Taxi commuters need to brace themselves for an increase in taxi fare prices, this after a petrol hike of R1.31 more per litre and electricity of over 9.4%.
Speaking to Khwebo Online, Chief Strategic Manager at the South African National Taxi Council (Santaco), Bafana Magagula says that “when crisis such as the main commodity, fuel and electricity go up, it affects our main tool to commute people. This not only means that commuters need to pay more money, but the cost in maintaining taxis and buying parts becomes expensive.”
The price hike in petrol and electricity will directly affect public transport commuters. Santaco understands that commuters may not afford another taxi fare increase, however, because they are not subsidised by the government, “we rely on commuters to pay for transport and bear with us when the taxi fare goes up,” Magagula says.
Energy hikes go deeper in the pocket of the operator as they too are providing a service. Santaco thus says that if taxi associations feel it is the appropriate time to increase the fare price, they may do so.
Magagula notes that Santaco and taxi associations have been empathetic to the needs of commuters. “We have tried to not go up each time the price of petrol goes up because we think of our commuters. For example, a taxi fare which was R8.00 five years ago is now only R11.00.”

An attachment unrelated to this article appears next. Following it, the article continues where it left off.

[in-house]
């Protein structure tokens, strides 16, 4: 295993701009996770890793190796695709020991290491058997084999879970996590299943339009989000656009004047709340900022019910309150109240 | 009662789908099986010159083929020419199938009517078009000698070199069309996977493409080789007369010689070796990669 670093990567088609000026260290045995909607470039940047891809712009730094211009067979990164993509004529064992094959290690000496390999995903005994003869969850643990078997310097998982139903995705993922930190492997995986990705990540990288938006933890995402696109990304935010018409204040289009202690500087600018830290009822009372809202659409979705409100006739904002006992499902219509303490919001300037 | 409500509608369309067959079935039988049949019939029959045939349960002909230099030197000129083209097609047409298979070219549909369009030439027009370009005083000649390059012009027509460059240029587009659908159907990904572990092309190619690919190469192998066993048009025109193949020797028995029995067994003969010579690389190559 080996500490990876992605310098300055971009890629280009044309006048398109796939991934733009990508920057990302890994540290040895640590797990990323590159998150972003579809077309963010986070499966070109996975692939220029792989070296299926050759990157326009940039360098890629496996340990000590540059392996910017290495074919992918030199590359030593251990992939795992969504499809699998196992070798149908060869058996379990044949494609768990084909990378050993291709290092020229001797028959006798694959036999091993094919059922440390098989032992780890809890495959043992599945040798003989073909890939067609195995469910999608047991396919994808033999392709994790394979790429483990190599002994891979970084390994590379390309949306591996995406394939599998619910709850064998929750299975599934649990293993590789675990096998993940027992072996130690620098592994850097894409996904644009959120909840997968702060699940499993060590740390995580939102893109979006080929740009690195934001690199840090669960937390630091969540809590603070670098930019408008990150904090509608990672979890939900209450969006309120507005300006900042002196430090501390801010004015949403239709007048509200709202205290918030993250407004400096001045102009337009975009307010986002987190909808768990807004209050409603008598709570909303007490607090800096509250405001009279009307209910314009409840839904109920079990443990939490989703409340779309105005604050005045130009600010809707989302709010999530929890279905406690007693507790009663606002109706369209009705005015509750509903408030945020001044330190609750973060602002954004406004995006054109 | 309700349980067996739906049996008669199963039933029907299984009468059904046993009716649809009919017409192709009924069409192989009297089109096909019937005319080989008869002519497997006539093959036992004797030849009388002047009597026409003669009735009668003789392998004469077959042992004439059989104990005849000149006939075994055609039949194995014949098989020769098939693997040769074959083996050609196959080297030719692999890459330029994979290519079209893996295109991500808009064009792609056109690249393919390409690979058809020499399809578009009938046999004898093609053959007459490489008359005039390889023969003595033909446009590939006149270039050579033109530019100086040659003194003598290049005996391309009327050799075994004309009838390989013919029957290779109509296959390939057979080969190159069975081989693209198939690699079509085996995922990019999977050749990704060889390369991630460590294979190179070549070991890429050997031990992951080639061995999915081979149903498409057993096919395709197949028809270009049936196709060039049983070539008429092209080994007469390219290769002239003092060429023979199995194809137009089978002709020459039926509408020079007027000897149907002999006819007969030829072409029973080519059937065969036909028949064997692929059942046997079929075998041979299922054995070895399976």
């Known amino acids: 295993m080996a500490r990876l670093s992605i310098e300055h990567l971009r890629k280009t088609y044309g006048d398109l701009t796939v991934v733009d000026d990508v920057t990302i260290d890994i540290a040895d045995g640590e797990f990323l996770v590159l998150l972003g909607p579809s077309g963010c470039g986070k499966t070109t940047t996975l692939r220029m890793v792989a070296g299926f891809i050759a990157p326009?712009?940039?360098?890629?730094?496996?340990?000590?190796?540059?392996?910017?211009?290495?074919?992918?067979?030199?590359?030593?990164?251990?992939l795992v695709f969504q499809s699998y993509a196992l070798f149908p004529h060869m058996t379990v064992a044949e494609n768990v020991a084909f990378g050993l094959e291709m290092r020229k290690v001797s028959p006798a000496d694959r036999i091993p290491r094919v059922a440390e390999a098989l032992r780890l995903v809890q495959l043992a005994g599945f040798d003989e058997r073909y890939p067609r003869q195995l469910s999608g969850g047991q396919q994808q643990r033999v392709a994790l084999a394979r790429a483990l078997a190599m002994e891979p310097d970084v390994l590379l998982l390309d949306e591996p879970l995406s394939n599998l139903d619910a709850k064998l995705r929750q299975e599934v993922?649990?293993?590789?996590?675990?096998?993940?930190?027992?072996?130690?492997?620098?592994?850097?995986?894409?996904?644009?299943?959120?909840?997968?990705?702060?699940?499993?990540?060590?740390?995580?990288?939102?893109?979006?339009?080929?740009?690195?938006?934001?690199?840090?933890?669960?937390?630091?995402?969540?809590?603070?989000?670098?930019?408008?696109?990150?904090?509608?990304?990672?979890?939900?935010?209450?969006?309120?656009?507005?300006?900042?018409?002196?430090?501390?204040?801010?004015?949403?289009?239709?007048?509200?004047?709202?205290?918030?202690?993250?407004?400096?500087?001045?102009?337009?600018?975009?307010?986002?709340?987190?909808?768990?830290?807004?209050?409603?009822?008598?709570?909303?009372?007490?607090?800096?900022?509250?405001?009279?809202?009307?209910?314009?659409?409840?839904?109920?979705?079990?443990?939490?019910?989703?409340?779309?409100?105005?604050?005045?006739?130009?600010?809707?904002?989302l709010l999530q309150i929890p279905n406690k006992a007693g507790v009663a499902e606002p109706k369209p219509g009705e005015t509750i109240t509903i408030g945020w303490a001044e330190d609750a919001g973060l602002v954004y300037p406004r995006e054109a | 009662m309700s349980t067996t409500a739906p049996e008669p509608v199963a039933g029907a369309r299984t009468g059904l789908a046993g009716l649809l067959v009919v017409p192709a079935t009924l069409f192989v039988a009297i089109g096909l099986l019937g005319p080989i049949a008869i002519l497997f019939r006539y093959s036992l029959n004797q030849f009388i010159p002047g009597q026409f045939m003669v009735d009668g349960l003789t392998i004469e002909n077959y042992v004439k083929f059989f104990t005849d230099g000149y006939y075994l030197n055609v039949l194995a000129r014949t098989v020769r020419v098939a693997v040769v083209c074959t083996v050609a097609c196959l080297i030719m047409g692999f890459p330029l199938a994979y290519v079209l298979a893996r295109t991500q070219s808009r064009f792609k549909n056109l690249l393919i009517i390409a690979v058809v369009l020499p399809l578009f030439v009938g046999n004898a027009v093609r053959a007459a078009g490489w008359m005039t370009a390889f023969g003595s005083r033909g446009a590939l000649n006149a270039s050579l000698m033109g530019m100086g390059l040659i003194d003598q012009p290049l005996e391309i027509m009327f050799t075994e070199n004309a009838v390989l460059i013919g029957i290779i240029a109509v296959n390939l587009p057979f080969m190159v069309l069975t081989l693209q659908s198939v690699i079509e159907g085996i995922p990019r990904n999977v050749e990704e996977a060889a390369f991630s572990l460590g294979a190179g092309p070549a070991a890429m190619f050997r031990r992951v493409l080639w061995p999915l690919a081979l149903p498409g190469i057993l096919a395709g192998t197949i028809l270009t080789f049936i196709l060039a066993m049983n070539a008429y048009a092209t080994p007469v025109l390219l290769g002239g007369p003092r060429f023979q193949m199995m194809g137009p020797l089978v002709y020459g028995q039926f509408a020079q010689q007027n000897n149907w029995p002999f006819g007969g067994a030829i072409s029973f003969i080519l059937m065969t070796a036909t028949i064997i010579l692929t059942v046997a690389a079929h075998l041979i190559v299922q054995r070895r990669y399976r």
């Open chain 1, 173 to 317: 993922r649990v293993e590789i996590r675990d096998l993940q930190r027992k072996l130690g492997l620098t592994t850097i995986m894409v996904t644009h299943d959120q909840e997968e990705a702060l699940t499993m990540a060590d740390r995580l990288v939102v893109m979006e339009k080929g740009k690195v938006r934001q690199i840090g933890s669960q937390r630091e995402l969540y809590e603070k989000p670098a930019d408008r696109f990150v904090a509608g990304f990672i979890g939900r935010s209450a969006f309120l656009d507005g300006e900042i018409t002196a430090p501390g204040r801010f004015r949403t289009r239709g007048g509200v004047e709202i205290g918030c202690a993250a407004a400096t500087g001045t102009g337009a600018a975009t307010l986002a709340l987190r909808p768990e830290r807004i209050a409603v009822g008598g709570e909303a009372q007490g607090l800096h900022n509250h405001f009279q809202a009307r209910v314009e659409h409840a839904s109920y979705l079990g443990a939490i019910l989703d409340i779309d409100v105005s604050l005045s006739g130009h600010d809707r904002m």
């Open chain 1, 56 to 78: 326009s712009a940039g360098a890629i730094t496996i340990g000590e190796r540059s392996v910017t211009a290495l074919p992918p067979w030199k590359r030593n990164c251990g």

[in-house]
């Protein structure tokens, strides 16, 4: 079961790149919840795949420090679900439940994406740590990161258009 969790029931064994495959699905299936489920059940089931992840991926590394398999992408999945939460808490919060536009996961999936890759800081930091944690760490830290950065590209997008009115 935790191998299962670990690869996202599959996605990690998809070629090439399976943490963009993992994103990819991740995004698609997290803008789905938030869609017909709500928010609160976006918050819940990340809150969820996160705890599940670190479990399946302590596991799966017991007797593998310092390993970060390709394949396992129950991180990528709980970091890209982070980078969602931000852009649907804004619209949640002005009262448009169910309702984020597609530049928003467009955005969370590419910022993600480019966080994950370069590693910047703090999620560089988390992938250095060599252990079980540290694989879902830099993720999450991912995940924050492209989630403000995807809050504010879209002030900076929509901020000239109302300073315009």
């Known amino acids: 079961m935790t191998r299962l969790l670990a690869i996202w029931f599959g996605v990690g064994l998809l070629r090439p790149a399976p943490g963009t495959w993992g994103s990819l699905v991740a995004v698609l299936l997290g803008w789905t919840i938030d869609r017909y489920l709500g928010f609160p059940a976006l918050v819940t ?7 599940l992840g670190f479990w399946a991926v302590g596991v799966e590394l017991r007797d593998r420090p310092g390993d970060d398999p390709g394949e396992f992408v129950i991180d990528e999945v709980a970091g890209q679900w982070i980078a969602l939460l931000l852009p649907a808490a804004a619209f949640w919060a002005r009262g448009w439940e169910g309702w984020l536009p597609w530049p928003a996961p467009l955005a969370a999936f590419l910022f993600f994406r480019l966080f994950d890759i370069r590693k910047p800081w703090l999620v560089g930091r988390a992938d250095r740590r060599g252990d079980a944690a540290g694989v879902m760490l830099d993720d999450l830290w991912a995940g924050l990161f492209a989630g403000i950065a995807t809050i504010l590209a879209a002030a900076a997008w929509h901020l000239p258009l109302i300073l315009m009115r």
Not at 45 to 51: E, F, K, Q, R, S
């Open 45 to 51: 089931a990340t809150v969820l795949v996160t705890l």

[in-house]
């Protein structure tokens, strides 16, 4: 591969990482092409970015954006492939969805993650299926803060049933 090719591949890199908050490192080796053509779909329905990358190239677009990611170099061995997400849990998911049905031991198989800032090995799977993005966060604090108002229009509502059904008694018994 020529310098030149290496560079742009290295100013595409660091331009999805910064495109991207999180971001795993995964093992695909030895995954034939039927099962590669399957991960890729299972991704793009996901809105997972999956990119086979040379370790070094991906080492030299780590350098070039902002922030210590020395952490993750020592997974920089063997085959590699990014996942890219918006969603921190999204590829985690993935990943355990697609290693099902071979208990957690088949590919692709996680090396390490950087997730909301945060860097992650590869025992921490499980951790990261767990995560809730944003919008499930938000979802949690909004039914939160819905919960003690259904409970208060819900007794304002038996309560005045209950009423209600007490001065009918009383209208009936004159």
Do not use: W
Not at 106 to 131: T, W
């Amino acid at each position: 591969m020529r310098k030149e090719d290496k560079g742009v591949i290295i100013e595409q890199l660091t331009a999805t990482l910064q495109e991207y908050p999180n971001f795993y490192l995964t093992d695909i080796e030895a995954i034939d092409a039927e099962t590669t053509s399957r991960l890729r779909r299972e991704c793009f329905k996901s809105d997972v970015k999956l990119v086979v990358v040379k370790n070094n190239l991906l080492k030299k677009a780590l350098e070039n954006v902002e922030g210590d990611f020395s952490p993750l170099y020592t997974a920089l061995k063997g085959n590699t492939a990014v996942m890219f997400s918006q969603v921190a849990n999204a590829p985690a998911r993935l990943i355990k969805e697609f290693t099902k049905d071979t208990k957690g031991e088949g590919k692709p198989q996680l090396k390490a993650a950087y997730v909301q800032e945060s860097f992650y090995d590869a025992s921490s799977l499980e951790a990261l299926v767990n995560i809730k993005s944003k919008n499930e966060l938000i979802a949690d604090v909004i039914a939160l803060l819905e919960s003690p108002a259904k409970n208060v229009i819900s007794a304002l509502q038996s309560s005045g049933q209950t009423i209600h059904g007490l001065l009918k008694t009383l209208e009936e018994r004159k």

“As Santaco we have discussed this issue to say that commuters must expect an increase and we appeal to taxi associations to give a seven – day notice before the taxi fare increases and put notices on their vehicles as well as local newspapers and stores,” Magagula says.
There is no set date of when the taxi fare is set to go up. Santaco’s Public Relations Officer, Midday Mali, says that should the decision be made to increase fares, the hike would be expected to happen between June and July.
Some taxi associations have expressed that they cannot increase the taxi fare because the communities in which they transport cannot afford to pay more.
Mali says that they are still deliberating on prices and “we are going to bring the matter down to the ground so that they can propose the percentages that they are looking at. These will differ from one route to another as there are local operations, regional operations as well as long-distance operations.”
Taxi associations are running their business at a serious loss. “Ten years ago the price to travel by taxi was a lot cheaper but has now gone up by 50%. The extra costs of increased fuel have amounted to a 25% increase in taxi fares in the past 5 years,” adds Magagula.
Mali concludes that they “are not just going to increase to make profit but the increase is to cover our costs that we are incurring in the business.”